Travel Writers' Resources
|New Media? Everything New is Old Again|
Doug Thompson - Capitol Hill Blue
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October 06, 2010
Washington Post media writer Howard Kurtz shocked his colleagues and even his critics this week when he announced he was leaving the Post after 29 years to join The Daily Beast, a web-only news site run by Tina Brown.
|Howard Kurtz: Out with the new, in with the old (AP)|
Kurtz is just the latest high-profile “mainstream” media journalist to abandon a “traditional” news outlet for one of the upstart web-based operations. Others include Howard Fineman of Newsweek and Peter Goodman of the New York Times. Both moved over to The Huffington Post.
With so many mainstream journalists making the switch it’s getting harder and harder to tell the new media from the old.
The Huffington Post, which started as a blog of the tart-tongued Ariana Huffington and some of her celebrity friends, is now a full-bore, venture-capital fueled operation run out of a SoHo lost with dozens of staffers and a round-the-clock news operation.
Politico, one of the new kids on the block, is backed by Albritton media empire money and has lured a number of high-profile writers from their old gigs writing for newspapers and broadcast outlets.
In Chicago recently, the “Journalism That Matters” project, run by former Associated Press staffer Bill Densmore, explored business models for local news sites and blogs.
Like everything else in modern society, money and commercialism have taken over. The freewheeling days of the Internet died long ago and corporate interests control much of what your read, see or hear.
For 16 of my years writing for newspapers, I was lucky enough to work for two independent, family-owned publications: The Roanoke Times in my home state of Virginia and The Telegraph in the Mississippi River city of Alton, Illinois.
Of the two, The Telegraph was the feisty pain in the butt of the status quo. We took no prisoners and went after everyone, costing an Illinois Supreme Court justice his job along with other politicians.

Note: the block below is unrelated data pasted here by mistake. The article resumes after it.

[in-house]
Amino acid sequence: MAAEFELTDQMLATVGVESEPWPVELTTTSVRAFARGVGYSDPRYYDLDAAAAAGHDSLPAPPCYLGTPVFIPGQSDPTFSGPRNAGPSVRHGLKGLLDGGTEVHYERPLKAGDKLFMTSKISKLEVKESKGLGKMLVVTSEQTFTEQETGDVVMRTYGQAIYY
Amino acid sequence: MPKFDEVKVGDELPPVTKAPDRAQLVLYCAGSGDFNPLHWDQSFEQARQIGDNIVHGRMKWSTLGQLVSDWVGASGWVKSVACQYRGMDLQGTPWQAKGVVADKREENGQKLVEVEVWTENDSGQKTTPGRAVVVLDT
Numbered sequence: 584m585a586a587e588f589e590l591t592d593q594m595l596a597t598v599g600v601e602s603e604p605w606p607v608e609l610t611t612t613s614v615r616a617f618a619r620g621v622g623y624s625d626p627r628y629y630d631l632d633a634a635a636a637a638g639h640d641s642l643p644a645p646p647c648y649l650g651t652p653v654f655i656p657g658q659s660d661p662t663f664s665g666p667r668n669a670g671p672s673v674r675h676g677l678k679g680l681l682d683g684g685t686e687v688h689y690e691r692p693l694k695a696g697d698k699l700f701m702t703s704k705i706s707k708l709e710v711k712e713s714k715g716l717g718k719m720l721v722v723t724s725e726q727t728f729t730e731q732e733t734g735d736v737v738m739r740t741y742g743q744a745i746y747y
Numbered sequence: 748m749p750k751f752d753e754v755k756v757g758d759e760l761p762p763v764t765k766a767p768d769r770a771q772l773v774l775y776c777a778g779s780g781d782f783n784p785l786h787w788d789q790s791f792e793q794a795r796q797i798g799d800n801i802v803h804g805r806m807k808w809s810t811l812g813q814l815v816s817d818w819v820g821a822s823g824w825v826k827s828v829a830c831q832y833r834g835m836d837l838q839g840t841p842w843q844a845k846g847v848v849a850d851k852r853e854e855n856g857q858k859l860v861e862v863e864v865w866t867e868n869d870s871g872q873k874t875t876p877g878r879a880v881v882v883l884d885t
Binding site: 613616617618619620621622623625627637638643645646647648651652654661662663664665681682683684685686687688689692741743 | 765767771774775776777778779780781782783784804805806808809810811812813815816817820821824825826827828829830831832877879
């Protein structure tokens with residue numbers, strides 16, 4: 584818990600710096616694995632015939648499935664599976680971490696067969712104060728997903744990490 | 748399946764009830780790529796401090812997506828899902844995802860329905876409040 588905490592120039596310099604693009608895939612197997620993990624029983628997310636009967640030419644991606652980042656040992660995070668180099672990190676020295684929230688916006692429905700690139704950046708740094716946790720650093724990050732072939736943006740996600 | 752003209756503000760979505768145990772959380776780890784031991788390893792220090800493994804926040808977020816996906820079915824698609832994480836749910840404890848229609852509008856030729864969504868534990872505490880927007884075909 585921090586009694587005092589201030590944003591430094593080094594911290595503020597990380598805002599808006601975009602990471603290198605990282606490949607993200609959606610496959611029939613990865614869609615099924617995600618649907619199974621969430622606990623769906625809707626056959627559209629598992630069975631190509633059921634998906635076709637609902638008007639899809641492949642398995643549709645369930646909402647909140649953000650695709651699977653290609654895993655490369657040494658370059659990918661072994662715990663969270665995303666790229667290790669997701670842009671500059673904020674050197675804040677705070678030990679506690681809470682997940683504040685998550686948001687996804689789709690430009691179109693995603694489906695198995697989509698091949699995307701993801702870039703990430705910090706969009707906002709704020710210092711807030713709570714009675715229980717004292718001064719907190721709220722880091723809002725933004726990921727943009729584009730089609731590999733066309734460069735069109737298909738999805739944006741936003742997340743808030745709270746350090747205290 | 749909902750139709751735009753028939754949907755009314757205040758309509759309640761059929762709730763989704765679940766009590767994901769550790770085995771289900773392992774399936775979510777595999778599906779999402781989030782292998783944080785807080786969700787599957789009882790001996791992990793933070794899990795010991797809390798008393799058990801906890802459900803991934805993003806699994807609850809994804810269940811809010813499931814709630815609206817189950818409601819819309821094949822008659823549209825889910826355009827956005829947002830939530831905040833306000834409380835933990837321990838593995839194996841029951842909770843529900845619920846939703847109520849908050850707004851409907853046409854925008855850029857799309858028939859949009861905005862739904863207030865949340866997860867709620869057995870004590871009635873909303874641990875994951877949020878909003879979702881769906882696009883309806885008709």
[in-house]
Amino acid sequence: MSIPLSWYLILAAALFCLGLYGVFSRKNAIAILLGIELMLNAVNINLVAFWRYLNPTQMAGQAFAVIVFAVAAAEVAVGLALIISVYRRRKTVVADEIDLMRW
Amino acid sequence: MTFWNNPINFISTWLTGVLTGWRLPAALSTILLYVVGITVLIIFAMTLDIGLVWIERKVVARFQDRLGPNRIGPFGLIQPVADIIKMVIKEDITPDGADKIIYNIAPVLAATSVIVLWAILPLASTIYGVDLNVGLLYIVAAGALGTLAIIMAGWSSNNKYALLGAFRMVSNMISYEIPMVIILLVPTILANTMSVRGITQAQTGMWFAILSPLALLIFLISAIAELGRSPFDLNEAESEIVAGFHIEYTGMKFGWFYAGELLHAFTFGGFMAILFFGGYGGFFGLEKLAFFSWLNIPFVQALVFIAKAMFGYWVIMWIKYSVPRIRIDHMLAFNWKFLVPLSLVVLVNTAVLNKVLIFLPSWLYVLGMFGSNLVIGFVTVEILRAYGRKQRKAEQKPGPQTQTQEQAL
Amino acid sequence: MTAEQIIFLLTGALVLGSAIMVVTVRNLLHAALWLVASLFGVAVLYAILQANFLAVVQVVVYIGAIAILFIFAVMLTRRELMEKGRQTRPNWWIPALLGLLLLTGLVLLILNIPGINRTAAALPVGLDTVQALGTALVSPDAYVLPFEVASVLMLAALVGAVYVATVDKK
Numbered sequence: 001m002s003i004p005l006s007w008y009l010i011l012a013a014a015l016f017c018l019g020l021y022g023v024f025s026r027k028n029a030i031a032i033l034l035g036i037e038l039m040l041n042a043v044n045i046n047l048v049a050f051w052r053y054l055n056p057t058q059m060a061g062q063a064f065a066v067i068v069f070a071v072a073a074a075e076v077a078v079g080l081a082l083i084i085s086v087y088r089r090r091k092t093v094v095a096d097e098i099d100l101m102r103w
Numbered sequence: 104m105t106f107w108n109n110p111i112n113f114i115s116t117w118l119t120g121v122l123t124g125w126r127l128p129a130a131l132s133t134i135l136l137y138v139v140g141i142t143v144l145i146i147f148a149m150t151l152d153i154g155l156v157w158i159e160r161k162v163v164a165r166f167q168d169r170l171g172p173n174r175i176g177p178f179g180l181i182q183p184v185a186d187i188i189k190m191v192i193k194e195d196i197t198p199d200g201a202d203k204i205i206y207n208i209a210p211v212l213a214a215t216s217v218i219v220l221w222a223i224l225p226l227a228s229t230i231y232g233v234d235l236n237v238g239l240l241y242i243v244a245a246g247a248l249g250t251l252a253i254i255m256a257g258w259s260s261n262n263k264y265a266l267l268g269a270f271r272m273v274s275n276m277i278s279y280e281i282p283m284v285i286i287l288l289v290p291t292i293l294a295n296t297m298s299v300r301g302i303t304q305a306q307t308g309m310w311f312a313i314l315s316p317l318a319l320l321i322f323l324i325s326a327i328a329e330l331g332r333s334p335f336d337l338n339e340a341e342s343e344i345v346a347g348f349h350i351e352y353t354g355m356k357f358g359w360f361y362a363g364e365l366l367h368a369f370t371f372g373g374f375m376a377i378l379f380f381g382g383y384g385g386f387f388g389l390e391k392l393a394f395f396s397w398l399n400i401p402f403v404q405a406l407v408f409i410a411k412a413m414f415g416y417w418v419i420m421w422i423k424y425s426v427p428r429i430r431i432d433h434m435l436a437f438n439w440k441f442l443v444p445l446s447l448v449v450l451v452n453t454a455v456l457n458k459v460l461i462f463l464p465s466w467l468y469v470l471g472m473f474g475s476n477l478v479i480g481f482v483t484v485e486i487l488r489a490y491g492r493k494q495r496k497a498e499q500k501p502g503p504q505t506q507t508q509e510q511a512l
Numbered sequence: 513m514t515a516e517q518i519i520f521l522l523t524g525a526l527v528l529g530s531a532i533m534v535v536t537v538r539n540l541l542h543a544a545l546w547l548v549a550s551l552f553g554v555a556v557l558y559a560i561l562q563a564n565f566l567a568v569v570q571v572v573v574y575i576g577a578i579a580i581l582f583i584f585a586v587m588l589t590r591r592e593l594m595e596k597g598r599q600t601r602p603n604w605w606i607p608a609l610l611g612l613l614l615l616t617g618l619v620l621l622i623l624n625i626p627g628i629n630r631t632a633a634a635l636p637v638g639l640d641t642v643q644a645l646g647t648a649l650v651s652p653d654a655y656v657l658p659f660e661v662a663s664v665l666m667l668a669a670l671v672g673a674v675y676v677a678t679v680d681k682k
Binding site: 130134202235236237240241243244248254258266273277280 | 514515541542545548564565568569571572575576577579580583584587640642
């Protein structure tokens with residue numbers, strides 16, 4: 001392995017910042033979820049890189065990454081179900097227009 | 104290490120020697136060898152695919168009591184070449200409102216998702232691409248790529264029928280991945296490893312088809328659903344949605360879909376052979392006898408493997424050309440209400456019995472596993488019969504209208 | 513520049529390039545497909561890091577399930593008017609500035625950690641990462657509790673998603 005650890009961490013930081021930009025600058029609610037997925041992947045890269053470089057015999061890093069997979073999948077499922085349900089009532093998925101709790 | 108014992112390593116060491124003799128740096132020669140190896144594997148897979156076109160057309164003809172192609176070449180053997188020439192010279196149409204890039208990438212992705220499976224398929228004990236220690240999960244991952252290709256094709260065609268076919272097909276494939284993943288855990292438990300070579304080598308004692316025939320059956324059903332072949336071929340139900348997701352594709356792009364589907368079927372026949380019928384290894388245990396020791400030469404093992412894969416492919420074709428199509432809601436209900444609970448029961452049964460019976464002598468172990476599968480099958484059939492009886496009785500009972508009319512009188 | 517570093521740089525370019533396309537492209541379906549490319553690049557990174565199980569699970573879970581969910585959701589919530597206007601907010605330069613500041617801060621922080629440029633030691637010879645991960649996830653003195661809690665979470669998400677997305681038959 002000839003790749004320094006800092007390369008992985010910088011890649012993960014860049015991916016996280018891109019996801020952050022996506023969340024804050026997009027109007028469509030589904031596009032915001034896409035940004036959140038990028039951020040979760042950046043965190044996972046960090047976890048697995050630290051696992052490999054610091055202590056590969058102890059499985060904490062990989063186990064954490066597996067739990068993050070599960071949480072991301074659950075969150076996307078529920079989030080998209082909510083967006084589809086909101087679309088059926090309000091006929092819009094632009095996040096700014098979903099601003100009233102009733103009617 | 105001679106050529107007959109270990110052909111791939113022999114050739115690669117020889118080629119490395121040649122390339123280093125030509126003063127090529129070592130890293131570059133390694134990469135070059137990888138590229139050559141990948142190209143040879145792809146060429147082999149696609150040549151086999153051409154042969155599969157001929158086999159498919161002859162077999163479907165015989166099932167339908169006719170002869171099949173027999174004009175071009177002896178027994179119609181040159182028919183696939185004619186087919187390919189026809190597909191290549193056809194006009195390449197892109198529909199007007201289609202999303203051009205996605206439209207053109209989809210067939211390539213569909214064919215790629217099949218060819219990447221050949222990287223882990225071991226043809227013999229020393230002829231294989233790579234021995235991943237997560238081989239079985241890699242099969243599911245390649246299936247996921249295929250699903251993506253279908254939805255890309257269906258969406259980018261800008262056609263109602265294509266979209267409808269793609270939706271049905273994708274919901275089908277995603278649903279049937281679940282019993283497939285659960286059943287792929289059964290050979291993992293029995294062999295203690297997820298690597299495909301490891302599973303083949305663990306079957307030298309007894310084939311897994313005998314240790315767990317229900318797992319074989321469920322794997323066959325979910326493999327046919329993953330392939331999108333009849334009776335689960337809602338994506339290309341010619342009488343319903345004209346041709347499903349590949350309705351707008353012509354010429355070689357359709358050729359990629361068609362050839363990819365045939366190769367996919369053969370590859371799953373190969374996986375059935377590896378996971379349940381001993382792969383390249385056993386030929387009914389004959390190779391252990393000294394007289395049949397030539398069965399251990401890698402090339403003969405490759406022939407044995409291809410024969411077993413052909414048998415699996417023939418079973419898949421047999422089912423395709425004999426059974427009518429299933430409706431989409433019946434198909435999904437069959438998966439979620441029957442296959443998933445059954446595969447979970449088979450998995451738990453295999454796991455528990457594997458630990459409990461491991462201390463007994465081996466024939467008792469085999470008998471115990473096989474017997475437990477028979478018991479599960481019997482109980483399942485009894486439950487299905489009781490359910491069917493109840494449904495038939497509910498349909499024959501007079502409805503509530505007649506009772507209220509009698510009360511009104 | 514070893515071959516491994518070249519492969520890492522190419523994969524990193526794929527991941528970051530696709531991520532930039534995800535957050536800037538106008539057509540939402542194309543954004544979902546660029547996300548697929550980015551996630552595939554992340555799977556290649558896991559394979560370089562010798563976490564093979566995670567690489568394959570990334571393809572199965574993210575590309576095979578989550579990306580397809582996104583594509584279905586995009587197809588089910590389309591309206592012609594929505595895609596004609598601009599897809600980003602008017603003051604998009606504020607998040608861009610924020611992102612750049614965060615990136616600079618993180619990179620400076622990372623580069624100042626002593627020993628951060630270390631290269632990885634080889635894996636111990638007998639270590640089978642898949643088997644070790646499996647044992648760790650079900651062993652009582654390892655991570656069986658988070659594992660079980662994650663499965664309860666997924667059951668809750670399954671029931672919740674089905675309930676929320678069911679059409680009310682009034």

But The Telegraph today is owned by Freedom Newspapers and is just another clog in a giant media machine. The Roanoke Times is part of the Landmark chain. Even the small weekly newspaper that I write and shoot photographs for during my retirement is owned by Media General.
When you look at readership of news on the web, the numbers still go to media giants like The Washington Post and the New York Times.
In the early days of web-based journalism, giddy writers for new media predicted that the Internet would “liberate” journalism. It didn’t. New media was simply being taken over by old media.
Even “social media” sites like Facebook and Twitter are now dominated by corporate media. Writers for mainstream newspapers and broadcast outlets churn out blogs that are controlled by editors and the rules and restrictions of lawyers.
When Peter Goodman left The New York Times for The Daily Beast he said he was tired of “laundering” his writing through “think tanks and lawyers” but the Beast is owned by InterActive Corp. (IAC), an international conglomerate that controls more than 50 Internet sites. The boss at IAC is Barry Diller, former boss at Paramount and Fox Broadcasting.
How much freedom will Goodman have at IAC? As much as the accountants, lawyers and risk-assessment analysts allow.
In the end, “new media” is just repackaged “old media.”